powers or mismanagement on the part of the board of directors in mak-
ing the contract. Southern Ltfelns. 4 T. Co. v. Lanier, 448.

17. Security Taken by Corporation mat be Enforced against him who
gave it, although the transaction may be culpable on the part of the
directors of the corporation, and a ground of forfeiture in a question
between it and the government which created it. Id.

18. Officers of Insolvent Corporation are Trustees for its creditors.
Id.

18. Violations of Ordinance of Municipal Corporation, not embraced
in the elemental definition of crimes as recognised by the penal statutes,
are not criminal cases included in the provision of the state constitution
that the superior courts shall have exclusive jurisdiction in all criminal
cases, except in the cases that are therein specified; and therefore a stat-
ute authorizing a municipal corporation to impose a penalty for such vio-
lation is constitutional. Floyd v. Commissioners, 659.

80. Enforcement of Municipal By-laws, and Infliction of Fink* there-
under without the intervention of a jury, is not in conflict with the pro-
vision of the state constitution securing the trial by jury, "as heretofore
used in this state," because such right was not claimed for or accorded to
offenders in such cases before the adoption of the state constitution.
IcL

81. Statute Granting to Commissioners of Town Power to Issue Liquor
Licenses, under such regulations as they might prescribe, provided that
the applicant be required to take the oath required by the general law
of the state, gives full and complete authority to the commissioners to
prescribe any and whatsoever legal and constitutional regulations they
please, subject to which such license should be granted, provided the oath
specified was administered; and therefore they are authorised to pre-
scribe as an additional regulation that the clerk of the applicant shall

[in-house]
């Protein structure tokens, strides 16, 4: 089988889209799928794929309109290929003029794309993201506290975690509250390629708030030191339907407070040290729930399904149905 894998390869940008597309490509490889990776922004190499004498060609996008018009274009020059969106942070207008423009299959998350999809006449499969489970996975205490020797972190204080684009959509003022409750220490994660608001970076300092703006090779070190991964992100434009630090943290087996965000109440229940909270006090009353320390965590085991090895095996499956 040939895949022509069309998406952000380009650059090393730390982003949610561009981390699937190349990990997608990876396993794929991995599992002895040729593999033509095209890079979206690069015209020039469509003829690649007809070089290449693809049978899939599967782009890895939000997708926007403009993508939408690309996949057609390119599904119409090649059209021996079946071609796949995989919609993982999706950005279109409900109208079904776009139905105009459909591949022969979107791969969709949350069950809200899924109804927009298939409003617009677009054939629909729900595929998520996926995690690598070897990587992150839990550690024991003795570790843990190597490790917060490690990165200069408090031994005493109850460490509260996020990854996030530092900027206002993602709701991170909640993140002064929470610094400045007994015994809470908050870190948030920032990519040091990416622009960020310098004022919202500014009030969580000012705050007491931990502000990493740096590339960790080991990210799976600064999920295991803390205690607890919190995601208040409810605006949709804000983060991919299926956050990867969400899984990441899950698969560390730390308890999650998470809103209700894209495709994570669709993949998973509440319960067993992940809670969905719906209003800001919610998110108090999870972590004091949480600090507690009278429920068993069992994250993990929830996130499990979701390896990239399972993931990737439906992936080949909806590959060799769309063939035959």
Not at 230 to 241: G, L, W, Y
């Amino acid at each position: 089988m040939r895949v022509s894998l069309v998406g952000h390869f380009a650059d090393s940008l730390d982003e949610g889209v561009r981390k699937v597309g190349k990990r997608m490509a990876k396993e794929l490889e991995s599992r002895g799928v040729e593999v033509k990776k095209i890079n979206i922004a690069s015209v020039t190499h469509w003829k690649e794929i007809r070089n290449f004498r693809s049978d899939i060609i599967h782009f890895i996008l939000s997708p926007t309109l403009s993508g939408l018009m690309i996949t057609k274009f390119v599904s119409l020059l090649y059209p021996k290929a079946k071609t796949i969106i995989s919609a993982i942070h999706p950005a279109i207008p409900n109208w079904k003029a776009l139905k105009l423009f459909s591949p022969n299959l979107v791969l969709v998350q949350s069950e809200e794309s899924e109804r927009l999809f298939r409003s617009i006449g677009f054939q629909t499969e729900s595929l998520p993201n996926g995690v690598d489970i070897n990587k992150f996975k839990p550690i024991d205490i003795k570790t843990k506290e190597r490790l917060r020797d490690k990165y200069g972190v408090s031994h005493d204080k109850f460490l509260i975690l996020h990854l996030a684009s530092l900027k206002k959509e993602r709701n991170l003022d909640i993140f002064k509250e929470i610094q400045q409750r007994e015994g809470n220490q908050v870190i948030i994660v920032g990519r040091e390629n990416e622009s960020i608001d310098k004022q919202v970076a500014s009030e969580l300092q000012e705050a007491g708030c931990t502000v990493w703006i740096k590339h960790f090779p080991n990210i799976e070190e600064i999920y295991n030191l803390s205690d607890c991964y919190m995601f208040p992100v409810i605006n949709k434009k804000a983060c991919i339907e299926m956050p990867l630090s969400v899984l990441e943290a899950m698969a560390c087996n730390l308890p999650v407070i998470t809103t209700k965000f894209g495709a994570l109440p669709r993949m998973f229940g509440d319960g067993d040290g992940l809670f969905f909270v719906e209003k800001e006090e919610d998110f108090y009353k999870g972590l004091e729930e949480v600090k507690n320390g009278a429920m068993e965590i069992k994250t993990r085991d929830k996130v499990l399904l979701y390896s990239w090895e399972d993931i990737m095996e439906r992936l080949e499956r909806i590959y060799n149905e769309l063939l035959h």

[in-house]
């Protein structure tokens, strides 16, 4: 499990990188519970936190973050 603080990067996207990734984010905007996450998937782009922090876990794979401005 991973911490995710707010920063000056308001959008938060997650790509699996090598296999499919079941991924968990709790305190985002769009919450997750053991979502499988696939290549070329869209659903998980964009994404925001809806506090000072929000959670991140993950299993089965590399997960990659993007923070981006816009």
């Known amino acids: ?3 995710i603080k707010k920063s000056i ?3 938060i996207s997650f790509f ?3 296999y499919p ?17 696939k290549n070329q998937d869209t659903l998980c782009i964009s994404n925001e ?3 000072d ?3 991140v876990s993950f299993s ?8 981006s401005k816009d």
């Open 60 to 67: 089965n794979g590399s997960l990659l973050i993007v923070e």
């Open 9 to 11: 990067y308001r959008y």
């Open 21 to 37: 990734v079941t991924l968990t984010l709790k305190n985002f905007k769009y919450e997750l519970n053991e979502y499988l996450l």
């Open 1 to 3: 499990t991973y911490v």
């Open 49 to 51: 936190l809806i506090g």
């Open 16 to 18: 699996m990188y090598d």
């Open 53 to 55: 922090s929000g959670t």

take a similar oath. Id.

See (Constitutional Law, 4-7; Master and Servant; Negligence; Rail
roads; Subscription.



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814 Index.

costs.

1. Foe Filing Unnecessarily Gross and Indelicate Petition fob Di
vorge, the court taxed the costs upon plaintiff's attorney: Ae&Z, that the
court had a right to exercise such power in its discretion, and that the
appellate court can only interfere in case of an abuse thereof. Brown v.
Brown, Ml.

1. Coubt has Legal Discretion to Allow Amendment of Cost Bill
and the affidavit accompanying it, under the sixty-eighth section of
the practice act, and party can not say that this discretion has been
abused when it resulted in the reduction of the amount of the costs as
to him. Bumham v. Hoys, 389.

U Time within Which to File Cost Bill n not Enlarged, after the
expiration of that time, by granting leave to amend a bill duly filed,
as the amendment relates back to the time of filing the original of
which it is a part. Id.

4, If Original Affidavit to Cost Bill be Nullity, defendant should
treat it as such, and take the proper steps to set it aside; but by moving
to retax, he brings it before the oourt of his own motion, and it is proper
for the oonrt to grant leave to amend said bill, or to make such other
order as in its discretion it deems necessary. Id.

6. Affidavit to Bill of Costs can be made by the attorney of the prevail-
ing party, under the statute. Id.

See Executions, 20.

. * CO-TENANCY.

1. Grantor Becomes Tenant in Common with one to whom he has oonveyed

"one half of my lot." Lick v. (TDonneU, 333.

2. One Tenant in Common can not Maintain Action for Forcible